In the “…expect Katriane to get involved.” photo, who’s the little poser grinning away next to her?!
That’s our little chatterbug Gabrielle! If there’s a feather teaser (or other toy) waving around, she’s most likely to be chattering at it.
I have recently adopted some lovely marmalade kittens (one boy, one girl). They have been well introduced to their older brothers. For some reason, the kittens do not meow. They chatter, purr, and chirp, but do not meow. They hear their older brothers meow. I’m biased, as I like chatty kitties, but is this something you have run into before?
I’ve had kittens that rarely/never meow – the current bunch of kittens almost never meow, though they chatter and mrrrp from time to time. (I’ve wondered if that will change once Margeaux and Auntie Kat aren’t around to speak for them.) Some kittens just have more to say than others, I guess!
For anyone who thinks the cats lying on those litter mats are uncomfortable, I recently bought two and can confirm that they are actually quite soft. I cannot speak to the preference for lying next to a litter box. I like to think of it as similar to people who hang out by the dump, because eventually you get to see and talk to everyone.
We have a couple of those mats in front of the litter boxes on the back porch, and Archie spent so much time sleeping on one of the mats (which stopped the others from using that litter box because they’re cowed by Archie) that I actually put an extra mat on the other side of the porch, and there’s always someone sleeping on it. (Not always, but usually Archie – so that worked well!) But yet, definitely – those mats are pretty soft and apparently quite comfy!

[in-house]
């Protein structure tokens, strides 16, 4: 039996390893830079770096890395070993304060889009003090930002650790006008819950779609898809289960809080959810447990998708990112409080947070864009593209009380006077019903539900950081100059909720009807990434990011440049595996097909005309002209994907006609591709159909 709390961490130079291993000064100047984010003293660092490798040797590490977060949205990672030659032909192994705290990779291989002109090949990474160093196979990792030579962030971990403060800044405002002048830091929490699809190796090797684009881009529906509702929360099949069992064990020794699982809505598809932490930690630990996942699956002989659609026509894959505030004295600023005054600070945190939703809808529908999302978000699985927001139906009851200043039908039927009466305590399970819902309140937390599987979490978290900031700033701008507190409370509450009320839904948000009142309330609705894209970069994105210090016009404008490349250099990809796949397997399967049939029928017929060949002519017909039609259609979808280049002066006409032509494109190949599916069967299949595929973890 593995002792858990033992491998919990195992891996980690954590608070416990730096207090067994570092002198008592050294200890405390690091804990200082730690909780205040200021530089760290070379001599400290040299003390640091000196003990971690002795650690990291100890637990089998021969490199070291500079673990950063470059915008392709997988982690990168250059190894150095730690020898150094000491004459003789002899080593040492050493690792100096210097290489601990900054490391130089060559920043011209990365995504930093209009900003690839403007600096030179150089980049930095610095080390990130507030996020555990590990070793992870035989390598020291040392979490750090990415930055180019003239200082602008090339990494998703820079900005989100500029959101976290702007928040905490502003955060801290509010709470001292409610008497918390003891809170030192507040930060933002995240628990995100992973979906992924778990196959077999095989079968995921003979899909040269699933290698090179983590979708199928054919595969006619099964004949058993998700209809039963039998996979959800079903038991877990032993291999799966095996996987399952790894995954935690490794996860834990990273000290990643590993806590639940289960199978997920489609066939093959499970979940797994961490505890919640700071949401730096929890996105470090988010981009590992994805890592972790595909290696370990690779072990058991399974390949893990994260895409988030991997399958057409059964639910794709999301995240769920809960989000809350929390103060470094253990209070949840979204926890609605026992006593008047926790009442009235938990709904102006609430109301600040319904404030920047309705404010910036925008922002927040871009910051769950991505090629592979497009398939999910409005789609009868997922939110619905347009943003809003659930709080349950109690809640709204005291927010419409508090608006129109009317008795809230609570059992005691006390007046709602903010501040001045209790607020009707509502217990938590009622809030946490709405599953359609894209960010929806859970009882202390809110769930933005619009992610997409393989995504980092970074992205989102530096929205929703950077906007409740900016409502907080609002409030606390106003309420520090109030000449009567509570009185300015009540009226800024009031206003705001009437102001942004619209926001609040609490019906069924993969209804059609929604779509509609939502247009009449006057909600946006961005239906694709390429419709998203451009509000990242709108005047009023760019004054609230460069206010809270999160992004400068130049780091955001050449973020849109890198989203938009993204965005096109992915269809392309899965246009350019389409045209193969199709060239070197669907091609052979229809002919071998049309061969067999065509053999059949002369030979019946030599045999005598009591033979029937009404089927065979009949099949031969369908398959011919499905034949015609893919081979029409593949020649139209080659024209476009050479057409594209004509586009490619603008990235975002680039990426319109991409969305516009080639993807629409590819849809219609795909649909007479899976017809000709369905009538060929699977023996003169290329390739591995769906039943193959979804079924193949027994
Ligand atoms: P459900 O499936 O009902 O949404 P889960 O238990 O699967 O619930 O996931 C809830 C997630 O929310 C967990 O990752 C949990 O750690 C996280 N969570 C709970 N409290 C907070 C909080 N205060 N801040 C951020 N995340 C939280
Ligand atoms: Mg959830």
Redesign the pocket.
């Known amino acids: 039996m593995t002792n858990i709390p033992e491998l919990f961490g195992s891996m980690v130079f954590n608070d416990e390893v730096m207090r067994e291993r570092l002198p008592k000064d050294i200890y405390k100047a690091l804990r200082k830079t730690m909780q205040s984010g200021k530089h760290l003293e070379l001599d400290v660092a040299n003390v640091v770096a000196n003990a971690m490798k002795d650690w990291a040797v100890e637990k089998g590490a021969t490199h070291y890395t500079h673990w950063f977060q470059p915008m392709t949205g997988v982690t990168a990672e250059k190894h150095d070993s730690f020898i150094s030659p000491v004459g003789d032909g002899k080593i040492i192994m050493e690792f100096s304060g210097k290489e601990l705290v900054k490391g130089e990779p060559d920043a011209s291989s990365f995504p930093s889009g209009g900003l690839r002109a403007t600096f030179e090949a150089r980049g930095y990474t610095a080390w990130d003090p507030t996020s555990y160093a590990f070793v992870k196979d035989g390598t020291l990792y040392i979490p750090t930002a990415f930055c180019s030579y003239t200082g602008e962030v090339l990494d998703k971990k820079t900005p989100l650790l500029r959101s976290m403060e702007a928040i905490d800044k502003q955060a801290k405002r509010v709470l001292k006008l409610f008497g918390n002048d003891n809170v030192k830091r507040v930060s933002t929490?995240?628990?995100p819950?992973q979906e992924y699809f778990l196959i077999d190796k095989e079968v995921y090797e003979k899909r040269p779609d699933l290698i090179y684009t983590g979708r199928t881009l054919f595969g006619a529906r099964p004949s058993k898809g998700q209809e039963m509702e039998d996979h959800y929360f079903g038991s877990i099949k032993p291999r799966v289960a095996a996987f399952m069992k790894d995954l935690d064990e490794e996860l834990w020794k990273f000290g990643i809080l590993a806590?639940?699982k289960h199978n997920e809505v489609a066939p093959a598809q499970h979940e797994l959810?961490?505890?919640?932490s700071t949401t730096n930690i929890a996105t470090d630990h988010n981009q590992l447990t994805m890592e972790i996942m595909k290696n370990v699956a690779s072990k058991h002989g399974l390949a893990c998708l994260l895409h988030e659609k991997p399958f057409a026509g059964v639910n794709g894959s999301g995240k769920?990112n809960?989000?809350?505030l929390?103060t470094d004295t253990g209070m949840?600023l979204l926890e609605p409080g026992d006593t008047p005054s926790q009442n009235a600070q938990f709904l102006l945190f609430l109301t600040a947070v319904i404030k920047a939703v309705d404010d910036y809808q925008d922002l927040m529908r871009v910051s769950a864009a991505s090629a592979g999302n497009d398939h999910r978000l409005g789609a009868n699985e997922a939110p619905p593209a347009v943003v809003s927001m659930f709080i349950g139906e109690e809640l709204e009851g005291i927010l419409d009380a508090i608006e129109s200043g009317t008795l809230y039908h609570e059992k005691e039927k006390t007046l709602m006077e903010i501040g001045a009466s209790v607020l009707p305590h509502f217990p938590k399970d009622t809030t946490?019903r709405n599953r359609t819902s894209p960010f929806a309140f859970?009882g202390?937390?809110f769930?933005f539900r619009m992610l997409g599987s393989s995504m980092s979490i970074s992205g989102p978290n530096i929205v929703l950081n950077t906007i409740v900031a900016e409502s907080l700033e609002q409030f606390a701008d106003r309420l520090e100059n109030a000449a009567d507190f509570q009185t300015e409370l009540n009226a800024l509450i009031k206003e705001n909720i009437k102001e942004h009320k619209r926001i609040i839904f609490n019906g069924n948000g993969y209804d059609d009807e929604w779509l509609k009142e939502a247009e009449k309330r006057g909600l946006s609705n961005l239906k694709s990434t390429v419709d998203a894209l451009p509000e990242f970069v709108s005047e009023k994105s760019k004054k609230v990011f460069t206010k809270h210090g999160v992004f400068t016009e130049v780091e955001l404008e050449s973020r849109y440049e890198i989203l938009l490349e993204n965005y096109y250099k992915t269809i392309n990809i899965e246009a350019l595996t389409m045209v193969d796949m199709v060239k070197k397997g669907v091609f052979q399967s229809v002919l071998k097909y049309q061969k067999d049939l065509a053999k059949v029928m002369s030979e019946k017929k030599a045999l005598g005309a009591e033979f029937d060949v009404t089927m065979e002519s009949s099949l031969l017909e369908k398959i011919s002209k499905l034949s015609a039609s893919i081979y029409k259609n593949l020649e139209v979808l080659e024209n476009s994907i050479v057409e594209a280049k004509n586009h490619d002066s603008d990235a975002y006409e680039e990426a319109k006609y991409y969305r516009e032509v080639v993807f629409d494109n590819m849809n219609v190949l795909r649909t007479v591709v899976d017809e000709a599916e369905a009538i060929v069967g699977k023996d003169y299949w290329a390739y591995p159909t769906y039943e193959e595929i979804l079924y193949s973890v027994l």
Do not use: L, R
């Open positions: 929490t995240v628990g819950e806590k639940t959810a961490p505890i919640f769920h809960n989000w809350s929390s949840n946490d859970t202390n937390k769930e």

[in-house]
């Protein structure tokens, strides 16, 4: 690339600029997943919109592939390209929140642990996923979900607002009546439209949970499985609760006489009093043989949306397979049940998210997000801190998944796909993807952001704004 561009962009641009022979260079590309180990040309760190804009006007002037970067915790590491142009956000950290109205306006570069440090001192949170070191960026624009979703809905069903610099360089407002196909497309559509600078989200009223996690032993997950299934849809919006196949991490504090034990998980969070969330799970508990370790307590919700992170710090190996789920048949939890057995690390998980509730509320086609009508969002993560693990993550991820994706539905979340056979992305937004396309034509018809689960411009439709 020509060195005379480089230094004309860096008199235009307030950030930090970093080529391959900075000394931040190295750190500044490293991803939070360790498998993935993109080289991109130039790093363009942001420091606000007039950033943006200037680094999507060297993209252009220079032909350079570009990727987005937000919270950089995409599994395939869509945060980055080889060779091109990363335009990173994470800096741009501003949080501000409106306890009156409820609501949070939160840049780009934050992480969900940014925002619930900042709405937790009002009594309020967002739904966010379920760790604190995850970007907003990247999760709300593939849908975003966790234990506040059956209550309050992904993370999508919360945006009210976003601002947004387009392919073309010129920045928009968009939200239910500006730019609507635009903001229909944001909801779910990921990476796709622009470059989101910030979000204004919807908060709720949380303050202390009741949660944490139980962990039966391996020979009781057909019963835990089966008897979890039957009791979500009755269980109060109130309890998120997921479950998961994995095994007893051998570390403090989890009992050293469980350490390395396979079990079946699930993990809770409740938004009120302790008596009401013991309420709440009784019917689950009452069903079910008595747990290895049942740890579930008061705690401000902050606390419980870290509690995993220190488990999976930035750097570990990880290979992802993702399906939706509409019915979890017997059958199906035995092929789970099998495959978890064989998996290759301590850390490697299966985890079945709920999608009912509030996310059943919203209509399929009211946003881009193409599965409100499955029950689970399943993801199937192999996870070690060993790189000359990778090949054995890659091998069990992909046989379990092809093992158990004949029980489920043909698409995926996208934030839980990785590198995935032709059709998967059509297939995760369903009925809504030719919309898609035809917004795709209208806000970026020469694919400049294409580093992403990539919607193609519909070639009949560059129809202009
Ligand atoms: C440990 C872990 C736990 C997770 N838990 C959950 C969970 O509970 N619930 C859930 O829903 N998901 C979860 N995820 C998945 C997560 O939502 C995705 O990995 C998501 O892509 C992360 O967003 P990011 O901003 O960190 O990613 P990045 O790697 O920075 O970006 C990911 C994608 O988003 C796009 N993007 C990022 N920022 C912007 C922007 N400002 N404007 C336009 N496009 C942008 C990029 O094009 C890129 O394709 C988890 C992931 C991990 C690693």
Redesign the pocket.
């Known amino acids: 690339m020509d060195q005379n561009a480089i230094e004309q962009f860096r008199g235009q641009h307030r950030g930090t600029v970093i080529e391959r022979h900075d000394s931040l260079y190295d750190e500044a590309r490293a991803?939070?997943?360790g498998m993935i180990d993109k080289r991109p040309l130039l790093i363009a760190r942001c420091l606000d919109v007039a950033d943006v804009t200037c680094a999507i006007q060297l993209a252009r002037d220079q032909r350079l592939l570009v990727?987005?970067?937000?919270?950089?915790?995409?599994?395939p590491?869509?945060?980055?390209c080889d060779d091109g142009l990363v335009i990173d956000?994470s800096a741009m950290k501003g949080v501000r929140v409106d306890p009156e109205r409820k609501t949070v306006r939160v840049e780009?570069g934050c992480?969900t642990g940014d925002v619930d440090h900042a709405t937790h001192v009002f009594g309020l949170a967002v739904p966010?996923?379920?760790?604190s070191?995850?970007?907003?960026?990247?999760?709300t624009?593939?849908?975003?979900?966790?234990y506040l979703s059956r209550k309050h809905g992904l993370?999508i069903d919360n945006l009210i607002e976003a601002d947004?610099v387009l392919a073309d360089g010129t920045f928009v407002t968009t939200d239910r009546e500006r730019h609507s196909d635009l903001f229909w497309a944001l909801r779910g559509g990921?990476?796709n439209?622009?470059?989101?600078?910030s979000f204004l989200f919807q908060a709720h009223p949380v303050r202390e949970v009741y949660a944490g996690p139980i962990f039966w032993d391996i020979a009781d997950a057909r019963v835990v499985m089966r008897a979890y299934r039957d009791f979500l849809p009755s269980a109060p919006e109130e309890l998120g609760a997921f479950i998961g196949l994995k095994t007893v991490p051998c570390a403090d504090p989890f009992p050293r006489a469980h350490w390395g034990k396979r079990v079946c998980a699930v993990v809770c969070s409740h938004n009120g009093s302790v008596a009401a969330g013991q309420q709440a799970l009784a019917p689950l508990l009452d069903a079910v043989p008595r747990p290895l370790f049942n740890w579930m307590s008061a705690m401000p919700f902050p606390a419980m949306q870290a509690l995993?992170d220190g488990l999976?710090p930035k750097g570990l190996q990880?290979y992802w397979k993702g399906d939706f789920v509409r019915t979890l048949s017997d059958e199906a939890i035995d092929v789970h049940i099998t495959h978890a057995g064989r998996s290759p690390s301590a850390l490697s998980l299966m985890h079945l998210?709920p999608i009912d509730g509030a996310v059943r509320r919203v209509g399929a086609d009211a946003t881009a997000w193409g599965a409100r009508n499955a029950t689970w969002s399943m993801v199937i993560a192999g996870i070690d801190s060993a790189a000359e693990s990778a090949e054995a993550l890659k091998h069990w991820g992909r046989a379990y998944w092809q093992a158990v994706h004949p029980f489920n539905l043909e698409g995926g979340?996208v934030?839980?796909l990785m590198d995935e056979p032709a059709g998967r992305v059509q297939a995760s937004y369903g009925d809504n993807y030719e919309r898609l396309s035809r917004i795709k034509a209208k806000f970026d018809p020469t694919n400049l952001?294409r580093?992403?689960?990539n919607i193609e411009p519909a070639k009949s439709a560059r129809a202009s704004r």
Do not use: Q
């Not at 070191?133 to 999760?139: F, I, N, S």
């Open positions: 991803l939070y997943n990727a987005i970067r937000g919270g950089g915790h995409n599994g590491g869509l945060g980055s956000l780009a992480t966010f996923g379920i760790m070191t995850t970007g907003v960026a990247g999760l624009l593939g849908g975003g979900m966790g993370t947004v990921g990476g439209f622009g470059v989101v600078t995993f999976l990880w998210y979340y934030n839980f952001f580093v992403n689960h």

Regarding the cat doors/flaps… I have a friend who purchased a cat flap that has an RFID chip reader, that keeps the flap locked unless correct microchip shows up at the door. It’s kind of pricey, but almost all microchips work, and the ones that don’t, the company sent collar tags that do operate the flaps. Would certainly cut down on the chances one of the fosters gets out the door.
We considered a cat door like that when we lived in Crooked Acres. It’s certainly worth considering, if fosters getting through the cat door turns into a problem. It hasn’t yet – in fact, they don’t seem to even realize that the doors are there. Hopefully that’ll continue!
Where did you get the pink neon cat signs above the little closet.
The girls are outta here today! (They are being adopted together, for those who didn’t already know.) More details in Monday’s post (or you can keep an eye on Instagram/Facebook/Twitter; I plan to post along the way, but make no promises).
They’re outta here. I know y’all might be tempted to be sad, but they’re going to a WONDERFUL home where they’ll be very well loved. Margeaux is ready to give up the mothering/milk bar thing, and I promise you they are going to be SO happy. The kittens might miss them for a day, but they’ll be fine. I promise!
2018: Dynamo puts the bite on Gauge, who’s TRYIN’ to sleep.
2017: “You’re CRAZY!” says Telstar. “That’s WAY too big. It’ll never fit!”
2016: No entry.
2015: No entry.
2014: He’s starting with the man in the mirror.
2013: Tony is so small that he was able to pretty much walk right under Melfi. Melfi did NOT appreciate this nonsense.
2012: For something that would sting me in the eye if given half a chance, it’s got an awful lot of nerve pulling a cute maneuver like that.
2011: BUGS Tuesday.
2010: (And yes, we DO call them “Busta Rhyme”!)
2009: No entry.
2008: No entry.
2007: No entry.
2006: The little black Momma kitty we first saw a month or so ago was back, this time with a friend.
2005: When does this get easier, again?